Military hostility to Zardari – for example, for having misstated in public in 2008 Pakistan’s strategic nuclear weapons use policy — would become pointless and misdirected. Reversion to a ceremonial presidency would relieve military pressure for political change. In other words, it would reduce the threat of a military coup or other action against the President.
It would complicate foreign diplomatic initiatives which would need to be redirected to the parliament (National Assembly). The Presidential system is convenient as a one stop shop, compared to the parliamentary system.
Finally, it would give direction to former Prime Minister Nawaz Sharif’s political ambitions. In a strong presidential system, Nawaz must court the provincial legislators as well as the national assembly because in combination they make up the electoral college for the president. In a restored parliamentary system, Nawaz only needs to get elected to the National Assembly. From there he can do all that would be necessary to become prime minister, including changing constitutional term limits on holding the office of the prime minister.
And now I crawl back into bed.
H/t Dawn Patrol, Obama’s press conference with Maliki:
From the Times of London, Violence threatens Barack Obama’s pledge to pull troops out of Iraq:
General Ray Odierno said that militant groups were likely to conduct a bloody campaign in the months ahead, as Iraqis prepare for national elections at the beginning of next year.
“It’s clear that al-Qaeda and other groups do not want the elections to occur,” he said in an interview. “What I think they will try to do is discourage people from voting by undermining the authority of the Government of Iraq with attacks, so that people lose faith in the democratic process.”
As the fourth of five parts of David Rohde’s account is published, Noah Schachtman at Danger Room draws this criticism from it about the use of drones in Pakistan: But, in the next breath, Rohde also validates some of the criticisms of the robotic assaults — that the drones are handing the Taliban a propaganda win, and driving fresh jihadists to their ranks. Interesting. Also, on Pakistan, Ahsan Butt makes four good points about what we don’t know about Pakistan’s offense against the Taliban in Waziristan.
Starbuck collects a couple thoughts on terrain and the Battle of Wanat; I read Hershel Smith’s post at The Captain’s Journal this morning and think he has a point, though I remember reading somewhere that the placement of those bases had as much to do with usable MSRs as anything else. Though I can’t remember where I read that, so I might be misremembering.
The UN says Afghan opium fuels ‘global chaos’, which seems to be a surprise to squarely no one:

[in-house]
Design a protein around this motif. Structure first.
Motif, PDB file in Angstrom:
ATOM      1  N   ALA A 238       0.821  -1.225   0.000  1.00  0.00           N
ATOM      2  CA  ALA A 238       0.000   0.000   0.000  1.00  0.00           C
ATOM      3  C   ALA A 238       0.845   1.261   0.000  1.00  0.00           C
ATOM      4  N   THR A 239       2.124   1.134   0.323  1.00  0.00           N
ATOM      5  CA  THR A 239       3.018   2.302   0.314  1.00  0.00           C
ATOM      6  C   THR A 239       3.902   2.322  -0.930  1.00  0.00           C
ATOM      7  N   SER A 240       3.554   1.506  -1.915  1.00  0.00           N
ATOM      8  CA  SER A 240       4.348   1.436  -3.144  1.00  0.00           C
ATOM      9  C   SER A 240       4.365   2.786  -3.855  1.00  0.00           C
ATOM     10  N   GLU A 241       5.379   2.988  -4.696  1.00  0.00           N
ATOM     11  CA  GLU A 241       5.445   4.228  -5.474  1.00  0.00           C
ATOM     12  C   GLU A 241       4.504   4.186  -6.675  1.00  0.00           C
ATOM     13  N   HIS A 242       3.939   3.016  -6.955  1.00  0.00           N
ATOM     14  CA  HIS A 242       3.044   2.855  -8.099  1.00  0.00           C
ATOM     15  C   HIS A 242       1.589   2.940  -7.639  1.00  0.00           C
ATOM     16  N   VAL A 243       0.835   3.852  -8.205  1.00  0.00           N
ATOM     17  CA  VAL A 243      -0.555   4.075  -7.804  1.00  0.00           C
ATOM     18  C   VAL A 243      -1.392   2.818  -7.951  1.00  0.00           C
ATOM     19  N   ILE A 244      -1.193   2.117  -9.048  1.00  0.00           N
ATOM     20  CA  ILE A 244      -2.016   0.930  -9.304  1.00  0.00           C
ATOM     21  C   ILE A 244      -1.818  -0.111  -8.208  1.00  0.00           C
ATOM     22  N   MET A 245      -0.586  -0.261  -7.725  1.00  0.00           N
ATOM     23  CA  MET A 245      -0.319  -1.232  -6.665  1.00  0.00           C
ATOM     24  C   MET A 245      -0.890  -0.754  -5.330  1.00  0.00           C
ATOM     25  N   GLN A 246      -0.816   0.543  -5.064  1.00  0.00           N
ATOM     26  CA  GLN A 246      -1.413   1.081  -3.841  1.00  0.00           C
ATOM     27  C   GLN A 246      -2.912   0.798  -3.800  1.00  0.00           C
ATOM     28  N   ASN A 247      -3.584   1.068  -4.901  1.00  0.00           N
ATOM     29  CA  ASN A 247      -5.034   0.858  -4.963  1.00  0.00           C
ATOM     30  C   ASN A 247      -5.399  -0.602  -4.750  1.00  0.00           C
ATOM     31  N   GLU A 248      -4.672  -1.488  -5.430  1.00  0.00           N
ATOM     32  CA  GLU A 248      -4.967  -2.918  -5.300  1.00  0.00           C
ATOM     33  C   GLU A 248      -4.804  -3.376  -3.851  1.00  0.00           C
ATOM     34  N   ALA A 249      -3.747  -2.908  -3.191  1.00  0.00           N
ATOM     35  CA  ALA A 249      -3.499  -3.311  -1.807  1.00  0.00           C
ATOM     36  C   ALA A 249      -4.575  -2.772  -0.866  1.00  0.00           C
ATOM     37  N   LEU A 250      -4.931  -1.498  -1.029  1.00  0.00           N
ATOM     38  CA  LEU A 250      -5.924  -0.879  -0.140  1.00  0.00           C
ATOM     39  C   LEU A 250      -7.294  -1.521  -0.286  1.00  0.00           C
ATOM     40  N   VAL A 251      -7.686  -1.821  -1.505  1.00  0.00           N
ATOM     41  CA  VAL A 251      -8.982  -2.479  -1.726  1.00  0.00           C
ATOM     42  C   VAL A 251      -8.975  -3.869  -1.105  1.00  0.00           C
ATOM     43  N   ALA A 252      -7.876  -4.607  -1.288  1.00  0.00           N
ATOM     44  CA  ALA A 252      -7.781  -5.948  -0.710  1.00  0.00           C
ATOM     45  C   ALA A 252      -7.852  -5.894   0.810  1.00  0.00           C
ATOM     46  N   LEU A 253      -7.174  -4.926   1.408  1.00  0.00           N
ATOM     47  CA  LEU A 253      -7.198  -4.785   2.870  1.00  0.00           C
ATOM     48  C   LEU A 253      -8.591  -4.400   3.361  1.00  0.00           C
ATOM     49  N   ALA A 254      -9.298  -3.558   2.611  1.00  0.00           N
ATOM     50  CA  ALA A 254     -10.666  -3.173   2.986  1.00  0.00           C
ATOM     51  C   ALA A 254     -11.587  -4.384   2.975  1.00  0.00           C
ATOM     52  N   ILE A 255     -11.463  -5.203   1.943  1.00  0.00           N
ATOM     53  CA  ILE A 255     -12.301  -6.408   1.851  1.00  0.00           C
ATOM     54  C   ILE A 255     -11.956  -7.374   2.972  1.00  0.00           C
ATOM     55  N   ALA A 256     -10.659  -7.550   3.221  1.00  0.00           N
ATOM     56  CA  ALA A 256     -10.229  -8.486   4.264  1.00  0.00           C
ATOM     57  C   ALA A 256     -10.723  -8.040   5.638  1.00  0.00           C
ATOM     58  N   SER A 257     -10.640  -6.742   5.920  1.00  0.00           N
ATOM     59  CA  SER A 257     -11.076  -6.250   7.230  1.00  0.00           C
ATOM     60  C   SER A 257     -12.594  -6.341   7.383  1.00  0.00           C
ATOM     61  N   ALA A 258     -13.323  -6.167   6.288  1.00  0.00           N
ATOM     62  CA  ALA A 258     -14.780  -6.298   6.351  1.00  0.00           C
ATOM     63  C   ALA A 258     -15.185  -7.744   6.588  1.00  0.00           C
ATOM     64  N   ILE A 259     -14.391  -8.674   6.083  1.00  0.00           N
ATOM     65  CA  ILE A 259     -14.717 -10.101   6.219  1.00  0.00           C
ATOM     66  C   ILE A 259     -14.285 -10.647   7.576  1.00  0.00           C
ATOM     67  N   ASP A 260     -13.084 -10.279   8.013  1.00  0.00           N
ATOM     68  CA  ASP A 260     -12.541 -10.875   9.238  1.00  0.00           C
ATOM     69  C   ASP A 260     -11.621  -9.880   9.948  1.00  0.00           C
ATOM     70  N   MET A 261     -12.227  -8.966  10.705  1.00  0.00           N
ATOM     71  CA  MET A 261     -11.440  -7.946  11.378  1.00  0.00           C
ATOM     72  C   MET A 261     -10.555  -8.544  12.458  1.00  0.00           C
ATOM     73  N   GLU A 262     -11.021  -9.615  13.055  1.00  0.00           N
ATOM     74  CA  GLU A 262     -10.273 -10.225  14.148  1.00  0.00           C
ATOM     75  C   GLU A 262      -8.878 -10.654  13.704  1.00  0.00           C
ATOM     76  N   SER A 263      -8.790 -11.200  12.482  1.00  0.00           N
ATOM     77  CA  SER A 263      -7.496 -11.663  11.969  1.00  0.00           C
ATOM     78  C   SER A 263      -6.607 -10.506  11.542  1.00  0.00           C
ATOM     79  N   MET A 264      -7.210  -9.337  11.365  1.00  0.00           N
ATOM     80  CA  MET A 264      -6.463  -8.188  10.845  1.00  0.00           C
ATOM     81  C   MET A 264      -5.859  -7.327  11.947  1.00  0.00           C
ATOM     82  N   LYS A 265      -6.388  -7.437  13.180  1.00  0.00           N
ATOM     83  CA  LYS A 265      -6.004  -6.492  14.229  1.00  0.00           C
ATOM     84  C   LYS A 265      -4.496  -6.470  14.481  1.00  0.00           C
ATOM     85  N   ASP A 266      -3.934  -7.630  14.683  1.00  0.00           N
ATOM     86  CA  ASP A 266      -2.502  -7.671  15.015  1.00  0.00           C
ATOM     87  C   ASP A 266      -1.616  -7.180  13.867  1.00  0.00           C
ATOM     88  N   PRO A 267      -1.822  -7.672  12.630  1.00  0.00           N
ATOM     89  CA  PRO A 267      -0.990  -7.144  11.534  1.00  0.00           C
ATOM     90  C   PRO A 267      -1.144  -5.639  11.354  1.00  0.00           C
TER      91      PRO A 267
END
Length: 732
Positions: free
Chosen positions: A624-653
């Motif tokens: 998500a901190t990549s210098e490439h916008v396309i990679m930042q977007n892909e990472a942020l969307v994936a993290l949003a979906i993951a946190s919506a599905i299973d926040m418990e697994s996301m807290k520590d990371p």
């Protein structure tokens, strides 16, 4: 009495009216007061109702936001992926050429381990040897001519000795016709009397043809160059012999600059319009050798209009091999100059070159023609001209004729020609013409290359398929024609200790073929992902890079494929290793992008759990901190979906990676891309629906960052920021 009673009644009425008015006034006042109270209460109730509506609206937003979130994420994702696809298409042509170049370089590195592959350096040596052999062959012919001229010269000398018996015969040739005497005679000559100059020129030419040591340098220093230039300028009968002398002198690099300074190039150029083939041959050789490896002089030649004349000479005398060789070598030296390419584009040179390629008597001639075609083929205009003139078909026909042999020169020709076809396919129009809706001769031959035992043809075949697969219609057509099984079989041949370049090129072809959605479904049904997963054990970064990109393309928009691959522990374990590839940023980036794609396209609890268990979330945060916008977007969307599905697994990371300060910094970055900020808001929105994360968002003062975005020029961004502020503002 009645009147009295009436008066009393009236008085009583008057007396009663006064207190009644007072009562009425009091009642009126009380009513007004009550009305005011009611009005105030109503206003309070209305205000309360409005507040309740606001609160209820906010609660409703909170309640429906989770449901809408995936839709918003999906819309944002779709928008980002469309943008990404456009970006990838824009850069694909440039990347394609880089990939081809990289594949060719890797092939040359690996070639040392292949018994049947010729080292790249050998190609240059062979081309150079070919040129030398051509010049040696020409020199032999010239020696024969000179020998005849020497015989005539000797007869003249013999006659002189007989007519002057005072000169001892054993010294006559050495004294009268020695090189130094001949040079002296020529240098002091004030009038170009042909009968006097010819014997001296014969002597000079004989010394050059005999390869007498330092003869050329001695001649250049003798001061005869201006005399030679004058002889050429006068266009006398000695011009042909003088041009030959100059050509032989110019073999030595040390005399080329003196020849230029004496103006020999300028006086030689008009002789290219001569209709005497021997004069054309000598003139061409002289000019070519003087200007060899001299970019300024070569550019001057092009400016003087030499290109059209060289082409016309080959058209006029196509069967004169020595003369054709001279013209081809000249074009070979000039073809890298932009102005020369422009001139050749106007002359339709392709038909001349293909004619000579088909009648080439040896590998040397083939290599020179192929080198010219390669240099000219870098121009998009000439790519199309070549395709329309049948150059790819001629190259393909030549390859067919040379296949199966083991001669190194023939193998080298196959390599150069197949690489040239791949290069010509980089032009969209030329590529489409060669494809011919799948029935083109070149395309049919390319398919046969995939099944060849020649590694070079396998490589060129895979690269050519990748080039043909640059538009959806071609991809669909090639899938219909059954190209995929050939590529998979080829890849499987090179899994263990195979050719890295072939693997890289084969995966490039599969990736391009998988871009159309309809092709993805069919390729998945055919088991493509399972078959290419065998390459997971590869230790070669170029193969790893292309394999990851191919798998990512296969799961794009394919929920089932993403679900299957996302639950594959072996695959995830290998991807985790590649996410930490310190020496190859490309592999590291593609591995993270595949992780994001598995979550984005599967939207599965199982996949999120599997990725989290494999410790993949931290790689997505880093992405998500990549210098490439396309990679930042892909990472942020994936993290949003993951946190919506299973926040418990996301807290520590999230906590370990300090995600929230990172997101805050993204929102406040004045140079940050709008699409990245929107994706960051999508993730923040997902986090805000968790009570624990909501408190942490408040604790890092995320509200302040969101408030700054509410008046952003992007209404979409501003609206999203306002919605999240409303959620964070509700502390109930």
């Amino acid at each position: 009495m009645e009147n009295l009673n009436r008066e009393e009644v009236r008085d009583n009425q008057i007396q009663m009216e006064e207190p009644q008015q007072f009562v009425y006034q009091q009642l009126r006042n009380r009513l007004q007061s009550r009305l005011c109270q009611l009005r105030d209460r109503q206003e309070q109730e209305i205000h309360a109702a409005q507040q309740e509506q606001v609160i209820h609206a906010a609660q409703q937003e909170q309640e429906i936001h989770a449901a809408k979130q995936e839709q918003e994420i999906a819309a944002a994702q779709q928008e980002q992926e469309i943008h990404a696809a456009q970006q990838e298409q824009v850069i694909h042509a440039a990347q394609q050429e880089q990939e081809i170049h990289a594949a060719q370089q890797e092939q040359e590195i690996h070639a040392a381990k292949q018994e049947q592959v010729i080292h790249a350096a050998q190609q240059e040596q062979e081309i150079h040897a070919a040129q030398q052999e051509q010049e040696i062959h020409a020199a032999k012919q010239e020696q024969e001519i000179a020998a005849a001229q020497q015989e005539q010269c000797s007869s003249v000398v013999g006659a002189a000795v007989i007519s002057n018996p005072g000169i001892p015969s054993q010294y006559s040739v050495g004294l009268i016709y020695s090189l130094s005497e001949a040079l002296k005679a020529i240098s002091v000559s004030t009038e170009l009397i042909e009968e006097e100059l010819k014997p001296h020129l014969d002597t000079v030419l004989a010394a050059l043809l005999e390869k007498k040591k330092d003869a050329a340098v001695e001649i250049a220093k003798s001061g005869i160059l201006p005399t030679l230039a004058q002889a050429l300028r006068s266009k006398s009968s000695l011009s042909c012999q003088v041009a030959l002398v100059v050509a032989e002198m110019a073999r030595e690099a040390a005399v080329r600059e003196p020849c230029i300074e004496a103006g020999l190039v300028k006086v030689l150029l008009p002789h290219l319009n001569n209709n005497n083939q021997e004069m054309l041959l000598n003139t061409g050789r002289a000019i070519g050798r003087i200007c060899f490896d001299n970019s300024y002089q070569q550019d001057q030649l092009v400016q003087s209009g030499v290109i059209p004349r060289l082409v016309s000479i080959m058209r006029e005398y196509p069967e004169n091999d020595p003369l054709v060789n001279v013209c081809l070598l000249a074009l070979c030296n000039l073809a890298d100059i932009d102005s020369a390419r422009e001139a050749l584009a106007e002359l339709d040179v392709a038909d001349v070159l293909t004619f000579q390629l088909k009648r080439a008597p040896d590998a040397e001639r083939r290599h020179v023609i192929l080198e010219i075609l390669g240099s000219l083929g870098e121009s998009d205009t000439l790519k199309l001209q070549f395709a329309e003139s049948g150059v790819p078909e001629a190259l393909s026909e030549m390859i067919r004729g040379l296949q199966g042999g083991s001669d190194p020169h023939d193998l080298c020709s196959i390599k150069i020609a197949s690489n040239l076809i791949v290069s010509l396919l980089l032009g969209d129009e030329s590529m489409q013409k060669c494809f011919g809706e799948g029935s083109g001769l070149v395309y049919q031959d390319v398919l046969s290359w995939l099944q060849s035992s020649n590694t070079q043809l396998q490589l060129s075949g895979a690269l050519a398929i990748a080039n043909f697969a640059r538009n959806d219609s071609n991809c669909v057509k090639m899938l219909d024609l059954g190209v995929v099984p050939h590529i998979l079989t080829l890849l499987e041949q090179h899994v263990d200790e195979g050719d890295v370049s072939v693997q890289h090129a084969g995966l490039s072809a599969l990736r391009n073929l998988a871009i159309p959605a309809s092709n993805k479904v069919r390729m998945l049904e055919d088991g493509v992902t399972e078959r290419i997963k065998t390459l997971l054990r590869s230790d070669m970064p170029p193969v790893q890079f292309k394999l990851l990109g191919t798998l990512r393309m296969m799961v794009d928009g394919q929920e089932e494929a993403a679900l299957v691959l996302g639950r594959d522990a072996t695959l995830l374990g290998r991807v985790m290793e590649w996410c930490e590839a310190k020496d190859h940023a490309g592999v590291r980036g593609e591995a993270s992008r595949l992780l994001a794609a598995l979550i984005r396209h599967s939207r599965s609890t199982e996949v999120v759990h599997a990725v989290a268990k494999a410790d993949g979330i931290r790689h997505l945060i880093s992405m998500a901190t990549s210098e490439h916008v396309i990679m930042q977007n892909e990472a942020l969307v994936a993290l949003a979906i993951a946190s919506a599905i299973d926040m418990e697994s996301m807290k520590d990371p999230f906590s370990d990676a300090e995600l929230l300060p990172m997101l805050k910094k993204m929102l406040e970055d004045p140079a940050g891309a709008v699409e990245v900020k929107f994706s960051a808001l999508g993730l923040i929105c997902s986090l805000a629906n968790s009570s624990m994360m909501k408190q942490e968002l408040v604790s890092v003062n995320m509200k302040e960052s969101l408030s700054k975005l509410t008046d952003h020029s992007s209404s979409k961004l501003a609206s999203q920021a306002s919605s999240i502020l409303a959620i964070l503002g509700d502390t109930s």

Afghanistan produces 92% of the world’s opium, with the equivalent of 3,500 tonnes leaving the country each year.
Most of the opium that leaves Afghanistan makes its way through Pakistan, Central Asia and Iran, leaving a trail of addiction, criminality and death in its wake, according to the report by the UN Office on Drugs and Crime (UNODC).
It says more people die globally from Afghan opium than any other drug but just a tiny percentage of what is produced is seized on route.
From Afghanistan–My Last Tour, I found the account of Drinking Tea with the Sgt. Major to be illuminating:
As we sipped our tea, the conversation switched to the HA drops in the villages. The CSM gave me some insight about how people steal these items and who to trust and who not to trust. I was totally dumbfounded when he said, “Please don’t give me any of those items, because I would be tempted to steal them too.” I explained our process on how we hand out items. We do not give them to select families, instead we provide to an entire village or school. He nodded in agreement.
Our conversation continued to revolve about the corrupt government and how millions if not billions of dollars of foreign aid have been siphoned off by corrupt government officials. But he put it into perspective and compared it to the United States. Afghanistan doesn’t have the lobbyist organizations like the US. Instead it utilizes tribal connections and nepotism. Enterprising businessmen and government officials who receive the money subcontract out using inferior quality and then pocket the rest. As a result, individuals who are illiterate become millionaires over night. We also discussed about US contractors working in Afghanistan. Most of them get paid over $100,000 and then the parent company charges the US government double or triple this rate, but nobody in the US seems to complain about this. It’s just a different way of doing business.
Well, not nobody.
Stratfor’s account of the US Challenge in Afghanistan is well worth the read, as is Tom Ricks’ article at the Daily Beast. See also Gilles Dorronsoro’s op-ed and Diplopundit’s following of the Department of State’s Quadrennial Diplomacy and Development Review.
I’m going home to the dog and chicken alfredo over homemade pasta. Take it easy, blogosphere.